You wanna sell me on something? Give me a chance to think for myself. Show me both sides of the argument. Present me with questions that don't necessarily have an easy answer.
Let me draw my own conclusions. Don't incessantly beat me upside my head with your answers, your way of thinking. See, when that happens I tend to lose interest in what you have to say--even if I happen to agree with you--because you clearly think you're superior, that I'm not intelligent enough to come to the right read: your conclusion. And don't even think of telling me that some teenage girls need a book to do their thinking for them, that they need to be force fed the messages contained within Beauty Queens because their parents, their peers, the media has damaged them, tricked them into thinking otherwise.
Even if that is the case with some teenage girls, I fail to see how shoving a message down their collective throats--be it negative or positive--is the way to go about building up self esteem, or fixing identity issues. Moving on I don't fault Libba Bray for wanting to make this book funny, because Beauty Queens would have bombed royally had it taken itself too seriously. But like I said earlier, she took the satire, the tongue-in-cheekiness, way too far. Beauty Queens is obnoxious.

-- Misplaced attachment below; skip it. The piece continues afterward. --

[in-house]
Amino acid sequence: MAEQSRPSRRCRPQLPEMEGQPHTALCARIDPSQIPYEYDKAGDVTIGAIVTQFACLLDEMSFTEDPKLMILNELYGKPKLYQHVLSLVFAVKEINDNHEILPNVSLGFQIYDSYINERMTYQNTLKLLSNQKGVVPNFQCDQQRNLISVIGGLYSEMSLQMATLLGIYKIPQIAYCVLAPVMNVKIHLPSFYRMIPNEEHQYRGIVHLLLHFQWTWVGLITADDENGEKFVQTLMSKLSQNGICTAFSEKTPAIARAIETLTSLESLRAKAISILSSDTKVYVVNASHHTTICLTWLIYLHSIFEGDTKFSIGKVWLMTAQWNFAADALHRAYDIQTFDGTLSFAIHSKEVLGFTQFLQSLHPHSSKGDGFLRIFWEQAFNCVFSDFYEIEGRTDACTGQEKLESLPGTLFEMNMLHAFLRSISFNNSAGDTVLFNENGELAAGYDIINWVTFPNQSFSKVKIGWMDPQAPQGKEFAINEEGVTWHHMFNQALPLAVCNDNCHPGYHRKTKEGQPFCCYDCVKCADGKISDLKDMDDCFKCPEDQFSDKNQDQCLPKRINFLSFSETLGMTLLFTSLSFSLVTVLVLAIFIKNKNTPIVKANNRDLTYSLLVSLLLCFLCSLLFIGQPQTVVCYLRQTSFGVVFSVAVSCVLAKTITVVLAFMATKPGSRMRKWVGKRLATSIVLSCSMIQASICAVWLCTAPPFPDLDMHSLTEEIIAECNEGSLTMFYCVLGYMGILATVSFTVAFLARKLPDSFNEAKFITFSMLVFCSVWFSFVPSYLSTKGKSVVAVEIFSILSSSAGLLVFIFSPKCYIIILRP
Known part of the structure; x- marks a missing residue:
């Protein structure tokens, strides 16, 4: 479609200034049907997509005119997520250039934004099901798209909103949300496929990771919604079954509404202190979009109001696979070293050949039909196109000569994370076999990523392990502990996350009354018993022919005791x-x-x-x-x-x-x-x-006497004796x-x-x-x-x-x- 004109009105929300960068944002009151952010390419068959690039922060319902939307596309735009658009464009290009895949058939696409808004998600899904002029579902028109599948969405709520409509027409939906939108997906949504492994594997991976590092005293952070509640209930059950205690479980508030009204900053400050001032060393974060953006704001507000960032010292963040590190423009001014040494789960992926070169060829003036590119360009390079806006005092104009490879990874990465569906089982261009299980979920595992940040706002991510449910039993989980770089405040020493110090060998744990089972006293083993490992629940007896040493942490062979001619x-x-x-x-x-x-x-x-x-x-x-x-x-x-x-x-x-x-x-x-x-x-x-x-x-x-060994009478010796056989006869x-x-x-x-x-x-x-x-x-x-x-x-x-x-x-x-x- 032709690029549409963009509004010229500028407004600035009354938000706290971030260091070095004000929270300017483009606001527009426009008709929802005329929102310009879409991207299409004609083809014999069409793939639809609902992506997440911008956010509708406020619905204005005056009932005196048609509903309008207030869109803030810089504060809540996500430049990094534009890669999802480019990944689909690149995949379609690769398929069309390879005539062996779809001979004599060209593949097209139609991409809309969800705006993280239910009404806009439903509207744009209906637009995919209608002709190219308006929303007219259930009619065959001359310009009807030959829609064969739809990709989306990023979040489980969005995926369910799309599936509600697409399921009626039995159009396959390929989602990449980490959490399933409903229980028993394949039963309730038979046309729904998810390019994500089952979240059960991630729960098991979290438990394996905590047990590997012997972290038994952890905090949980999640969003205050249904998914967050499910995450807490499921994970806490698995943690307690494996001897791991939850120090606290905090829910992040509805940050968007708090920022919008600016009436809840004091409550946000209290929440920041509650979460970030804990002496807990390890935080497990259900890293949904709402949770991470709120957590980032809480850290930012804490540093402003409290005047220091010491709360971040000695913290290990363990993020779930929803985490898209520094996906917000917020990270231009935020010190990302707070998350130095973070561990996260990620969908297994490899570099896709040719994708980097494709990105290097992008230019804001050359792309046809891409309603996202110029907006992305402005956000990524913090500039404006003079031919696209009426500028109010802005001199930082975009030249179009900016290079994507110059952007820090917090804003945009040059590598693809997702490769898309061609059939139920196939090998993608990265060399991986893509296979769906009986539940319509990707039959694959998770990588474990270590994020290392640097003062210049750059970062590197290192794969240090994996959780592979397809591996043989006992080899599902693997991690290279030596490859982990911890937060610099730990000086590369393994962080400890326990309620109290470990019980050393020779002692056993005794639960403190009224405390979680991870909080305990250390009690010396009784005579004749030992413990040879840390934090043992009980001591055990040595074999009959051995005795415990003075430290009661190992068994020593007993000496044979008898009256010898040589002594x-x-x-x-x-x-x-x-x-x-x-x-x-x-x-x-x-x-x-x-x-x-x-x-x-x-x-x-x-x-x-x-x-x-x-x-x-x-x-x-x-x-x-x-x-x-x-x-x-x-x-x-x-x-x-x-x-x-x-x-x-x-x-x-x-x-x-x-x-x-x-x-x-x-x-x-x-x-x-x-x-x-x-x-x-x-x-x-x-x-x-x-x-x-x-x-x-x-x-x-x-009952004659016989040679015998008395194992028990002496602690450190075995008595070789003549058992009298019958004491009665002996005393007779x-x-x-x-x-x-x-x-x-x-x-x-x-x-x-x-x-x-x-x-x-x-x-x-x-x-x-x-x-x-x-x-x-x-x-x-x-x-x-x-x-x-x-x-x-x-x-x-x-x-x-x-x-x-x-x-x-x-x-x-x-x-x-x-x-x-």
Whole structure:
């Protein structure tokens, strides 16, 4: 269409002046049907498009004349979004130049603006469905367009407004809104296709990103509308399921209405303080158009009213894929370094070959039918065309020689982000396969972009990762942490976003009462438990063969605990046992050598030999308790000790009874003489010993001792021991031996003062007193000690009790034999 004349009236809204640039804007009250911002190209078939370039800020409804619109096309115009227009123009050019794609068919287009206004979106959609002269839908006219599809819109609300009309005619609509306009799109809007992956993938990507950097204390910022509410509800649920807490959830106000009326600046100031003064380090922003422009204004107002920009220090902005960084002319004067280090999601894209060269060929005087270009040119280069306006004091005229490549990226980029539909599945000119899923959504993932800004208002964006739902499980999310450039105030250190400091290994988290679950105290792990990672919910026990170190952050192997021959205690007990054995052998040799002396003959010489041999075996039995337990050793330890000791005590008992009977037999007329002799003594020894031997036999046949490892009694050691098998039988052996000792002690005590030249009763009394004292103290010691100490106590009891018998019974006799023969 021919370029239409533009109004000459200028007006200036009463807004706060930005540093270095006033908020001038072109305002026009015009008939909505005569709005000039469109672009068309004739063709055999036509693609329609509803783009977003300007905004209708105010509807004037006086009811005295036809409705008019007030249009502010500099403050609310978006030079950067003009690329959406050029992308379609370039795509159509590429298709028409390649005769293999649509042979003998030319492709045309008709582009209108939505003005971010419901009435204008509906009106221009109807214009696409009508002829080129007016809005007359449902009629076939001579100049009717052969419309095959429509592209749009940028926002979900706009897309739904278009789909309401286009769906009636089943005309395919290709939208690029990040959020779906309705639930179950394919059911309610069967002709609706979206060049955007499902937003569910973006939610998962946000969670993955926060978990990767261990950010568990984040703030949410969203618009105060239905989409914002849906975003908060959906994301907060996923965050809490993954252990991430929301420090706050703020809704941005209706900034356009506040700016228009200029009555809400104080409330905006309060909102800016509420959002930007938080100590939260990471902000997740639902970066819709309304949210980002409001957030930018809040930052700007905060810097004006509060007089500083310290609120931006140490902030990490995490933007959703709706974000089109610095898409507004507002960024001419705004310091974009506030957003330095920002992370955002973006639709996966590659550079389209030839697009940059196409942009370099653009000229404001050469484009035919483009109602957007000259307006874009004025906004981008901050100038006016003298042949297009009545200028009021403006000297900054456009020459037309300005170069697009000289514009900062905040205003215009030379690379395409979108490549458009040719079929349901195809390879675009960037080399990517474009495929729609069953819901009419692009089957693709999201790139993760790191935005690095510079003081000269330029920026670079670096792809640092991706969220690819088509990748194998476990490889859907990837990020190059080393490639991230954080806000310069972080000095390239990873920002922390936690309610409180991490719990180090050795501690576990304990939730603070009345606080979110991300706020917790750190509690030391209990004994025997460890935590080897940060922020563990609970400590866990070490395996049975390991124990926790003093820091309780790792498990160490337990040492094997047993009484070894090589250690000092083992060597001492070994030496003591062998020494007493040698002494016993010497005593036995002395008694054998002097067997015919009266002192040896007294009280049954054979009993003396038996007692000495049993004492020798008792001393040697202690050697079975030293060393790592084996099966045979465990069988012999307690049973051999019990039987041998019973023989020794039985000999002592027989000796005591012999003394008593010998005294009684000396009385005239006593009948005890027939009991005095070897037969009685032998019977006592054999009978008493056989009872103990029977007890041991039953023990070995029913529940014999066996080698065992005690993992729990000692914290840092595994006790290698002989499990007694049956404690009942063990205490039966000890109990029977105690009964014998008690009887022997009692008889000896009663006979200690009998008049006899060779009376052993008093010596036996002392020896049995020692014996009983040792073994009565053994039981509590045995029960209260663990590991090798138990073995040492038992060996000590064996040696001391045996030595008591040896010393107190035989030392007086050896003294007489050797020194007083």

Beauty Queens is that know-it-all girl that you sort of want to punch in the face because she isn't as clever as she thinks she is; someone ought to bring her down a few notches. Anyway, because of Bray's lack of control every character has been reduced to a cardboard cut-out of a stereotype. Beauty Queens has two really stupid blondes from the south, a really slutty girl from the midwest, a super sexually repressed girl from the upper-midwest, two minorities, a crazy pageant-head from Texas, A stereotypical lesbian, and a girl who is hearing impaired.